Accessible Design (ADA)
Accessible design has been a growing trend and can be part of any remodeling project. Starting with ADA design to accommodate physical limitations, accessible design has continued to grow and even accelerate with the aging of the baby boom generation.
Baby Boomers want ADA Design
Aging in Place is a type of remodeling allowing people to stay in their homes as they age and their physical abilities slowly diminish.
An article in The Journal of Housing for the Elderly states, “aging in Place is not having to move from one’s present residence to secure necessary support services in response to changing needs. Aging in Place has grown in popularity and is celebrated by the National Aging in Place Week and the National Aging in Place Council that promotes the positive outcomes of seniors having a choice in their care and living arrangements”.
The design and build process Westring Construction, LLC uses perfectly aligns with creating and building the best possible environment to support the Aging in Place strategy in Madison, WI.
Tips for ADA Design Remodeling
The entryway to your home is your connection to the rest of the world. It is important for receiving guests, bringing in groceries, getting to appointments, and getting out to social events. It should be safe and convenient no matter the weather, day or night, or your condition.
Barrier-free entryways make it easier for a family member or friend who uses a wheelchair or an individual on crutches because they’ve broken a leg or twisted an ankle to access your home.
If you love to cook but find it difficult to bend over, or if you have a height limitation, there are numerous steps you can take to modify your kitchen to make it more “user-friendly”, such as:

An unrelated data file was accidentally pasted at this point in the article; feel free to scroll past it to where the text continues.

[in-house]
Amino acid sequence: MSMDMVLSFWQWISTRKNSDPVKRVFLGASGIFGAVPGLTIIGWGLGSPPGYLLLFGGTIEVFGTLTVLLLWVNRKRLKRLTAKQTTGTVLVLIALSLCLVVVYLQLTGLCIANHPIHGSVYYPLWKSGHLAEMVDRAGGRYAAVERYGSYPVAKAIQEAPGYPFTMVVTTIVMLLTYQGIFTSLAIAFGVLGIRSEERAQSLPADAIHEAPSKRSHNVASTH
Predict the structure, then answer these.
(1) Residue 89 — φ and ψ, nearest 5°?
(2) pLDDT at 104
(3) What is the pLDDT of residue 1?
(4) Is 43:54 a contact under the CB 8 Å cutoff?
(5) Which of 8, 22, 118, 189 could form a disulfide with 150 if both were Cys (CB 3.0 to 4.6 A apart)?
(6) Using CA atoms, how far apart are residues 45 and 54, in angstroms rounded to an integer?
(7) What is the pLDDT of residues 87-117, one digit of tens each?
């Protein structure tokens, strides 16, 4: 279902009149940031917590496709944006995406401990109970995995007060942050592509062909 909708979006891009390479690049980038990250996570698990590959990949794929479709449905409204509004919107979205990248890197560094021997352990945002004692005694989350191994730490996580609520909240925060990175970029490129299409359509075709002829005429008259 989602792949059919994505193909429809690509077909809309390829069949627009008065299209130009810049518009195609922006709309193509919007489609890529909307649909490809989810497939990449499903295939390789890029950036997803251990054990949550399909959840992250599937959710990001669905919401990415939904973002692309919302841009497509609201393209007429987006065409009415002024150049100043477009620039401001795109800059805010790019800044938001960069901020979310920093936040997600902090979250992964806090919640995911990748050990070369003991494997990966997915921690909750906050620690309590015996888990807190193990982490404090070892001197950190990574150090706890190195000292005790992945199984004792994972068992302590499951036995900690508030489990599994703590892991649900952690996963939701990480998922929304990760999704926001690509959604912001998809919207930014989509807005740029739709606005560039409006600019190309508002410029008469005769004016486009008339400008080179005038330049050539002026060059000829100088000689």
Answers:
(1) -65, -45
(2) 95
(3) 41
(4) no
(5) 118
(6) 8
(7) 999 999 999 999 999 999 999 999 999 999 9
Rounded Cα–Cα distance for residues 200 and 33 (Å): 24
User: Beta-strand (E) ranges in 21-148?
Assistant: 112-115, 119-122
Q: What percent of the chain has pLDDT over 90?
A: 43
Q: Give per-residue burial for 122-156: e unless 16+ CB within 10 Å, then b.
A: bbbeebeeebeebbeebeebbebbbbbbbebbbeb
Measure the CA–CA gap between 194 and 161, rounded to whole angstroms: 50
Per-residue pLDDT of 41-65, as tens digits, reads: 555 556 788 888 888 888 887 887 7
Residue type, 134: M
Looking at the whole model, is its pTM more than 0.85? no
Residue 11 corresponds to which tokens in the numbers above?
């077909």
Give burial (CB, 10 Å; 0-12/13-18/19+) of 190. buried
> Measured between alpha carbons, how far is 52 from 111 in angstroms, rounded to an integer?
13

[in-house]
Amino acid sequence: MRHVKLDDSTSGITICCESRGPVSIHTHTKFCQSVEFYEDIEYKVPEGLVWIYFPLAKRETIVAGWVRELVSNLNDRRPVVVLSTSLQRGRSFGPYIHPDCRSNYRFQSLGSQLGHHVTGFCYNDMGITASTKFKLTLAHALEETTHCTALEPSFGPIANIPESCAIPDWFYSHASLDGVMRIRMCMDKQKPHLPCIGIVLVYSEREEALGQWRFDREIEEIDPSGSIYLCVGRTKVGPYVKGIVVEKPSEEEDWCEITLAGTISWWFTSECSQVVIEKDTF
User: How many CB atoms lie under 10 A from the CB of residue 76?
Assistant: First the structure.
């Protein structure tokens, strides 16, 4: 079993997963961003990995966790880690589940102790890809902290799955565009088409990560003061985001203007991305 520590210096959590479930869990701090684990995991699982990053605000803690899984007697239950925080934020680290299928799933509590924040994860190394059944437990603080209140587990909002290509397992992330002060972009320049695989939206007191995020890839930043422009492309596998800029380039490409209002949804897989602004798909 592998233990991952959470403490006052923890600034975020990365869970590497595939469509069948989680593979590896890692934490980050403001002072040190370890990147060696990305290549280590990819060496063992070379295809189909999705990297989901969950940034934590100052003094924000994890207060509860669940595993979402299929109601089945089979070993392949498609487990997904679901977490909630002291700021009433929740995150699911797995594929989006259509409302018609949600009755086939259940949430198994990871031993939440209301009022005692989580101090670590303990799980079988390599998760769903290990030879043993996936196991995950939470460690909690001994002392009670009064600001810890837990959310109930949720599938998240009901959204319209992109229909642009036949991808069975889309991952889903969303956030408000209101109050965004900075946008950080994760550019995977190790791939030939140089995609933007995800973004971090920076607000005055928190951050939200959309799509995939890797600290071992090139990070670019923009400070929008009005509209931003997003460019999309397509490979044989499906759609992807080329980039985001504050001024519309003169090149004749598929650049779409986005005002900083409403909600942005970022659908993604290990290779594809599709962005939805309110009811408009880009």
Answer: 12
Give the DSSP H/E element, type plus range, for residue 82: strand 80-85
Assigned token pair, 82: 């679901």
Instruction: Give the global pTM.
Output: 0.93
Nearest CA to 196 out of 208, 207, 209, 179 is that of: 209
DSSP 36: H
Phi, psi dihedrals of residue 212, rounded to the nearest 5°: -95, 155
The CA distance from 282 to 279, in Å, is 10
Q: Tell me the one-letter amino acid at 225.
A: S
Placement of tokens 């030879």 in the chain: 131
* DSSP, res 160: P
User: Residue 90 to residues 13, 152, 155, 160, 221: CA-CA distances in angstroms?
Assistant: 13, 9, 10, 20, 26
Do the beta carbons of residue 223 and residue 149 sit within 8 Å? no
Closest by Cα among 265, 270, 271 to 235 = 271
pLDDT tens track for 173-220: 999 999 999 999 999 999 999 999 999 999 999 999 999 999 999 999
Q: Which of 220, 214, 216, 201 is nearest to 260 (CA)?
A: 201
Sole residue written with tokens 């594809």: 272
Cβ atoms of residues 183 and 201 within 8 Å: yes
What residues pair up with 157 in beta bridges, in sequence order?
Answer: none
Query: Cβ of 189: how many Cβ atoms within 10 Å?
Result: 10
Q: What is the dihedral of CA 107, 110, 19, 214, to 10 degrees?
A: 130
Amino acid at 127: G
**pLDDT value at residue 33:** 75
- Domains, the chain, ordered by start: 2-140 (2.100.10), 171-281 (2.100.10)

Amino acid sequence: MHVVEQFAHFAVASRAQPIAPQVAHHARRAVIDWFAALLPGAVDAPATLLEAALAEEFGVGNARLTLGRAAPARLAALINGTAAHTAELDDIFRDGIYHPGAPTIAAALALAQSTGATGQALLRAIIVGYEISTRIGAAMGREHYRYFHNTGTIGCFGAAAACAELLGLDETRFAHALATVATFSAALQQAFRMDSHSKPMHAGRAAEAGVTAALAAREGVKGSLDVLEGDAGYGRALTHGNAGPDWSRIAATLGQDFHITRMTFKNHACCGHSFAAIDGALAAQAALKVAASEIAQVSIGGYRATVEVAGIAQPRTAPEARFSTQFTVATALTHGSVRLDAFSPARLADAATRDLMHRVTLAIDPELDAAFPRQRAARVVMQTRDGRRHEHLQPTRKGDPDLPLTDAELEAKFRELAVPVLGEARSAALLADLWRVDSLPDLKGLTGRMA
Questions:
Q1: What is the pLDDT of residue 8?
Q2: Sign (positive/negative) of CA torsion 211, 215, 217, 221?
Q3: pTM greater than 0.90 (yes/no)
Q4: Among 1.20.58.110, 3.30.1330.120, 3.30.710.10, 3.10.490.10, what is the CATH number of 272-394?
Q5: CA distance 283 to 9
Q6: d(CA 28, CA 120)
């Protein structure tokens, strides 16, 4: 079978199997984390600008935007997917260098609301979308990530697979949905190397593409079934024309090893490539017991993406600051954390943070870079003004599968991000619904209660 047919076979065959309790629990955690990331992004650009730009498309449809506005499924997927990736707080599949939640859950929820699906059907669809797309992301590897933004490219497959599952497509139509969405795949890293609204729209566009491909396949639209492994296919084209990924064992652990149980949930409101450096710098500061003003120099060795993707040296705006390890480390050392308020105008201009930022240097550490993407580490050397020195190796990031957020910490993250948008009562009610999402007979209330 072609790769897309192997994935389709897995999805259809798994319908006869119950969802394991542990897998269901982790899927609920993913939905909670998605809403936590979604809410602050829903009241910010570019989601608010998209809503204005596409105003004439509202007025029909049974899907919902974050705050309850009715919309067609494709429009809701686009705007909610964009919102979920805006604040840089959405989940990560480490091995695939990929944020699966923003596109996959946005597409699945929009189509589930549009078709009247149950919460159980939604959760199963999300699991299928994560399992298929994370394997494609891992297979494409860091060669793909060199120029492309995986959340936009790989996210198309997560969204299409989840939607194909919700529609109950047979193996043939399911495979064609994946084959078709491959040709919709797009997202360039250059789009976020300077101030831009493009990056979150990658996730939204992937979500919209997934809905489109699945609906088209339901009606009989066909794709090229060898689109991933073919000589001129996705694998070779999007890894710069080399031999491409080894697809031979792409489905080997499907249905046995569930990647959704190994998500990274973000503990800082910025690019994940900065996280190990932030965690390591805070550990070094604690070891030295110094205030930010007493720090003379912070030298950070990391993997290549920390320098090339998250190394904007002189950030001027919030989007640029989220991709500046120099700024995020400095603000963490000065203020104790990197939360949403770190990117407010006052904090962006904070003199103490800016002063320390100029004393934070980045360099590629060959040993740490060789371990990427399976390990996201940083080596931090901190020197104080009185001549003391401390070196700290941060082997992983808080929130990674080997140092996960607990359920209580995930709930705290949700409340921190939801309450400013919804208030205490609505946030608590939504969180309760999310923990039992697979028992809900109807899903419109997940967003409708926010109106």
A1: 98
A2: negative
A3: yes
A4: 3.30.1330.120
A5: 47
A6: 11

Providing a desk/work area with knee clearance
Ensuring there’s ample maneuvering space
Installing a sink with knee clearance
Installing a raised dishwasher
Lowering a cooking surface
Mounting a wall oven or microwave at reachable heights
Make sure storage space is abundant within reach
Building a walk-in closet with storage at different heights
Ensuring there’s ample maneuvering clearance
Build a roll-in shower with multiple shower heads (height adjustable handheld showerhead and fixed)
Lowering the bathroom sink and making sure there’s proper knee clearance
Installing an elevated toilet
Installing rocker light switches that are easier to turn on
Installing grab bars
One way to reduce home accidents is to ensure you have proper lighting where you need it. Outdoor areas, stairways, the kitchen area, the living room, and other places you like to read are just a few examples of lighting often needed.
Use rocker-type light switches wherever possible. You can turn them on and off with the touch of an elbow if your hands are full.
Well-placed skylights and ceiling lights are an example of the type of lighting you should consider adding to your home.
If you maintain a flower or vegetable garden in your backyard, you may want to consider raising your beds at some point. Raising your beds can help reduce fatigue and stress on your back. You may also consider adding a ramp to your home, as stairs can become more challenging to navigate.